Warren Weaver Hall room 102.
Professor Ernest Davis
Office hours: Tuesday 10:00-12:00, Wednesday 3:00-4:00, or by appointment.
- phone: (212) 998-3123
- office: 329 Warren Weaver Hall
Artificial Intelligence: A Modern Approach by Stuart Russell and
Peter Norvig (3rd edition)
Prerequisites: Fundamental algorithms.
Problem sets (collectively 30%), small programming assignments (20%),
final exam (50%).
There are many cognitive tasks that people can do easily and almost
unconsciously but that have proven extremely difficult to program on
a computer. Artificial intelligence is the problem of developing
computer systems that can carry out these tasks.
This course will cover problem solving,
automated reasoning, and machine learning.
- Games playing
- Logic and inference
- Reasoning with Uncertainty
- Machine Learning
Class email list
You should be automatically subscribed to the
class email list.
Guide to expressing facts in first-order logic
Chapters 8 and 9 on probability and on random variables from my book
Linear Algebra and Probability for Computer Science Applications
are on the NYU Classes
site. Read all of chap.8 and chap. 9 through section 9.3. There
are a few errata,
Naive Bayes for Text
Additional reading (Optional)
Commonsense Reasoning and Commonsense Knowledge in Artificial Intelligence,
Ernest Davis and Gary Marcus, CACM, September 2015.
Article by Garry Kasparov about Computer Chess.
(New York Review of Books, 2/11/2010)
Problem sets are due at the beginning of class on the due date. I will
accept them up to one week late with a penalty of 1 point out of 10. Problem
sets should be submitted on the NYU Classes site.
Programming assignmemnts are due at the beginning of class on the due date.
Except for the last assignment, these will be accepted up to two weeks late,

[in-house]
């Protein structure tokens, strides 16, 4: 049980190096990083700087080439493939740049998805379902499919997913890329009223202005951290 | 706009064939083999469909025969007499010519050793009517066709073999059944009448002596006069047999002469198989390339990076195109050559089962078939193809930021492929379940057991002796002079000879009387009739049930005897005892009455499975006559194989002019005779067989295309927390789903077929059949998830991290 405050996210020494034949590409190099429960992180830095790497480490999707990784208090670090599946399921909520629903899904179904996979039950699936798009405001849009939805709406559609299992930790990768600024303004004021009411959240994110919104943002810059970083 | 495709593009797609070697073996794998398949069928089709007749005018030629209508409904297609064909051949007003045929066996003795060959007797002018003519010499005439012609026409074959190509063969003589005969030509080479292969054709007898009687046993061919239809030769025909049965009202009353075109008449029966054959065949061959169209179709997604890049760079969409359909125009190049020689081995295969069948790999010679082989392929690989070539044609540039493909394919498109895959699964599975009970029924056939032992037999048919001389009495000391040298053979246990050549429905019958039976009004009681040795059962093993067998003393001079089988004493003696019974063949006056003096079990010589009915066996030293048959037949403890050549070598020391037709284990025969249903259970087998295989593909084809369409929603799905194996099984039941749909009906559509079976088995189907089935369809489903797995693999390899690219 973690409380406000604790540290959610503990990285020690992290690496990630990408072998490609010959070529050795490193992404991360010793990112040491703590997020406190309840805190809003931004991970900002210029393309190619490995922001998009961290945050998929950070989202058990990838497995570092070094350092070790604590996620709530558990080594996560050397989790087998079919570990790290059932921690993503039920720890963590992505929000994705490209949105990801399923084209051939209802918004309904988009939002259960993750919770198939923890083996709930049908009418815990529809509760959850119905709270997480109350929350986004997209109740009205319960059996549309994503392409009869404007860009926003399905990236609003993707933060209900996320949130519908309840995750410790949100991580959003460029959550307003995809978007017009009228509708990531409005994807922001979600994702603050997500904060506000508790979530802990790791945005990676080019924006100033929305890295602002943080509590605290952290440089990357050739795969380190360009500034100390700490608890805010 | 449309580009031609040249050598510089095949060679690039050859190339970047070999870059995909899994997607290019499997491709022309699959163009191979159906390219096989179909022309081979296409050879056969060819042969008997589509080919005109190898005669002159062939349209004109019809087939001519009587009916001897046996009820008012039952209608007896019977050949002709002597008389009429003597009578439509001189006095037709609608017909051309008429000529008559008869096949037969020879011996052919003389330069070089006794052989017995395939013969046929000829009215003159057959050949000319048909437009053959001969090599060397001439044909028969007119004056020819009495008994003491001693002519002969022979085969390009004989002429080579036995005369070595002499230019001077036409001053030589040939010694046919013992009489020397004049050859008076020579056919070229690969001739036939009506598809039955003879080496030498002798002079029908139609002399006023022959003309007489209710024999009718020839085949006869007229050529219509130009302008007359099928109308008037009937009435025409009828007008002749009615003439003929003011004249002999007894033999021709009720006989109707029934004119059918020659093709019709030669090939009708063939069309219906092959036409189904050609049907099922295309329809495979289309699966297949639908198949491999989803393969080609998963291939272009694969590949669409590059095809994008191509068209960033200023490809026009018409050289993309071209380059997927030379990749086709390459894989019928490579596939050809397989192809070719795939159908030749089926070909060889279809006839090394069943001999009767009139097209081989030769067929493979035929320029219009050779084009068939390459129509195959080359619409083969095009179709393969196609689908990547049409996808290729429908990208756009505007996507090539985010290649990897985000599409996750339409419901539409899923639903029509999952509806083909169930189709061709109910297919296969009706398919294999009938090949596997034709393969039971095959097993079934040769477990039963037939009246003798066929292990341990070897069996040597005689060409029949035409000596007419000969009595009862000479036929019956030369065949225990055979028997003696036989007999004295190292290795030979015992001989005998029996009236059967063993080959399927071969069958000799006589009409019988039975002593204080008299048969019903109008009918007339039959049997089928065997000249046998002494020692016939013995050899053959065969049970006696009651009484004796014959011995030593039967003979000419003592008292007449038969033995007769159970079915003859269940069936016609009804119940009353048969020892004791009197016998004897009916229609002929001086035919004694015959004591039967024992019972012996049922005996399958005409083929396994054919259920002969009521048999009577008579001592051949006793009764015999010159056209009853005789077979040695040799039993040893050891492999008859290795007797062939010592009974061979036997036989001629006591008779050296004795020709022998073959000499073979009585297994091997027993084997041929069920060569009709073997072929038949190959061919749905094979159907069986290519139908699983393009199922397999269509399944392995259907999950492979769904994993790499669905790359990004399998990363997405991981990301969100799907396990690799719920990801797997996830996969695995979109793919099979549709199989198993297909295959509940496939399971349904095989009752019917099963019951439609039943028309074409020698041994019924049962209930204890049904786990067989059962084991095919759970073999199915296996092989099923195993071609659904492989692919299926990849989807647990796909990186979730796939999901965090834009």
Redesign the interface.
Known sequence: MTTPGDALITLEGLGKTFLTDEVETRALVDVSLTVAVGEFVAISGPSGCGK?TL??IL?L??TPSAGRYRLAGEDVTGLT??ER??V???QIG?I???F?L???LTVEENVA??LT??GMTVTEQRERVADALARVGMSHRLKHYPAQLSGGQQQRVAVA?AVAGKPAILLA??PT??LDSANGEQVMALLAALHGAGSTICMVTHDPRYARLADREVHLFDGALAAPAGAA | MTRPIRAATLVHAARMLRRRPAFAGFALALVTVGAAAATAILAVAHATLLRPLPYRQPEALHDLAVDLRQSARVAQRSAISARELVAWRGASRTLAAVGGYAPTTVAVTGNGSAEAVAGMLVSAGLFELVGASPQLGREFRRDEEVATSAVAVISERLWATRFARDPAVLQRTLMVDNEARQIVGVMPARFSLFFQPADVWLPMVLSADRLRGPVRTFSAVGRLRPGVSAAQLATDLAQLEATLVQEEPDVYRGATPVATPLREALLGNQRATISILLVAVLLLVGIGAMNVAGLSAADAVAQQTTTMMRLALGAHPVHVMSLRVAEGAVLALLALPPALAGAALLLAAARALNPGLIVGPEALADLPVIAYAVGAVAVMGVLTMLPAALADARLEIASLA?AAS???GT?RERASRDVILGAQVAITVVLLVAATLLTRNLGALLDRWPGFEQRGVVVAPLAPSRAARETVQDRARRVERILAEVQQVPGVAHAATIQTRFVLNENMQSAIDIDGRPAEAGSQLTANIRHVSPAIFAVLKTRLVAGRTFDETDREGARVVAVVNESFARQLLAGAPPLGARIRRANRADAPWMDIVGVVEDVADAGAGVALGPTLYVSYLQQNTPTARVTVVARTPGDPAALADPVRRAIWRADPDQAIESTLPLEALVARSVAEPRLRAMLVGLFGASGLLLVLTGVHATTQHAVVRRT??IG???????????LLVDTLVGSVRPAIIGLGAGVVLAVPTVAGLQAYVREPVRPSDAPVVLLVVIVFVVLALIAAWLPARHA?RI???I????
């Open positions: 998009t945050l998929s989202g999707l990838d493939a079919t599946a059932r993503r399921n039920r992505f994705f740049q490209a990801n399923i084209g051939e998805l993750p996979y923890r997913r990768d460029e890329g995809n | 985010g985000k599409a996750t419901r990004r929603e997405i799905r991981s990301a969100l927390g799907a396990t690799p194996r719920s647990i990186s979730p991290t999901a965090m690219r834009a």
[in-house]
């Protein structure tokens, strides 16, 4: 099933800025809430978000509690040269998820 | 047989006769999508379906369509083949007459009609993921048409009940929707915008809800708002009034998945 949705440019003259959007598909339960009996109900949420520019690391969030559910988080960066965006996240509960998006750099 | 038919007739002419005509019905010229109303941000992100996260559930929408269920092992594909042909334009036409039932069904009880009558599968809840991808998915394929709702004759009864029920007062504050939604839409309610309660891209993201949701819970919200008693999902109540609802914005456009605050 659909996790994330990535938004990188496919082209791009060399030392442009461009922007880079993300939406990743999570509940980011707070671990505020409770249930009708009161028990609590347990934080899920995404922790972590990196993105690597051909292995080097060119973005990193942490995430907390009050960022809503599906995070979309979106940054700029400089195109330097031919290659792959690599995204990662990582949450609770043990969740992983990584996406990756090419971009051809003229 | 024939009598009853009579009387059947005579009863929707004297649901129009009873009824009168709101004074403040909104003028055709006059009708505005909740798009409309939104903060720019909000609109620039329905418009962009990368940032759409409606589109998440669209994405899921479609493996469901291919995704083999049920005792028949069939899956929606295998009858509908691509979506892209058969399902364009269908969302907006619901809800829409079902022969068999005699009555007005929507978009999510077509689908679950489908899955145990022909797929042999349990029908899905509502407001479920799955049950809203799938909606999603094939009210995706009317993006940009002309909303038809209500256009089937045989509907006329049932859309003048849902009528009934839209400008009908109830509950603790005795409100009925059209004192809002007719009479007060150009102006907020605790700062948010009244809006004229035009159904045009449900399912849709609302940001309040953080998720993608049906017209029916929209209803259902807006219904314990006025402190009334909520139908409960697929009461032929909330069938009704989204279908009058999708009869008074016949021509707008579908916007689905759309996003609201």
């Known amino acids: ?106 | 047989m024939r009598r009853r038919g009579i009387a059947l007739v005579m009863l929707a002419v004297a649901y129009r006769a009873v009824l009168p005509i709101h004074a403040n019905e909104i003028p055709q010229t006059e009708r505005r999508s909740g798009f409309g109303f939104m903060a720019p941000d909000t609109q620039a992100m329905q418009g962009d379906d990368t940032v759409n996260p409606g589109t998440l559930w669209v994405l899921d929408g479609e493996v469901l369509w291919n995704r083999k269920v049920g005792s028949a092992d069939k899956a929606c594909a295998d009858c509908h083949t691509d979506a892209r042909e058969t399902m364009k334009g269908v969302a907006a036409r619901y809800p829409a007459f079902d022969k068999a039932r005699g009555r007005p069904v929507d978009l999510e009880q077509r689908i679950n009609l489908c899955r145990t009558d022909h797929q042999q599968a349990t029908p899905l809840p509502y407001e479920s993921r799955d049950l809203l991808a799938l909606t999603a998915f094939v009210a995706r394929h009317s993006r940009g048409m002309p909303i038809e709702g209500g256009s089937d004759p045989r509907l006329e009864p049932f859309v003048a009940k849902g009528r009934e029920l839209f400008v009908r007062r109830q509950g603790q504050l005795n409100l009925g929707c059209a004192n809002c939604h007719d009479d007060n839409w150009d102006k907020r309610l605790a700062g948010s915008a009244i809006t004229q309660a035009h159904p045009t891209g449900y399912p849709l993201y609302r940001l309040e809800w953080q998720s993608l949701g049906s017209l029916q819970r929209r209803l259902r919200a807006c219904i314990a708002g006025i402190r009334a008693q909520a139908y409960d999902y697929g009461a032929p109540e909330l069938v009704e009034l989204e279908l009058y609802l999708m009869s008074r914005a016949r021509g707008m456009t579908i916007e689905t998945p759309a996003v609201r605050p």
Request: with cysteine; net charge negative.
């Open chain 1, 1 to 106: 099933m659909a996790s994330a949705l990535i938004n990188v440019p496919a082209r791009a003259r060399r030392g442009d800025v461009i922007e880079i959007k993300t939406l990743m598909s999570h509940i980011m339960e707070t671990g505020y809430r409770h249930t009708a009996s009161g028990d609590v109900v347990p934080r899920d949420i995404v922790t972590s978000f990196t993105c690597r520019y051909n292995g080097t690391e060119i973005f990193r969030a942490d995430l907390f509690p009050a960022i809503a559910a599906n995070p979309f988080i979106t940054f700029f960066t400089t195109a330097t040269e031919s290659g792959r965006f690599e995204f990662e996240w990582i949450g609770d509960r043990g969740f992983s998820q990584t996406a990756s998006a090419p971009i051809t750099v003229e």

with a penalty of 1 point out of 10 for each week late. Programming
assignment should be submitted on the NYU Classes site; the form
will be specified in each assignment.
The final exam will be given on Monday May. 14, 5:00-7:00, WWH 102.
Students with Disabilities
Academic accommodations are available for students with disabilities.
Please contact the Moses Center for Students with Disabilities (212-998-4980
or firstname.lastname@example.org) for further information. Students who are requesting
academic accommodations are advised to reach out to the Moses Center
as early as possible in the semester for assistance.
You may discuss any of the assignments with your classmates (or anyone else)
but all work for all assignments must be
entirely your own. Any sharing or copying of assignments will be
considered cheating. By the rules of the Graduate School of Arts and Science,
I am required to report any incidents of cheating to the department.
My policy is that the first incident of cheating will result in the
student getting a grade of F for the course.
The second incident, by GSAS rules, will result
in expulsion from the University.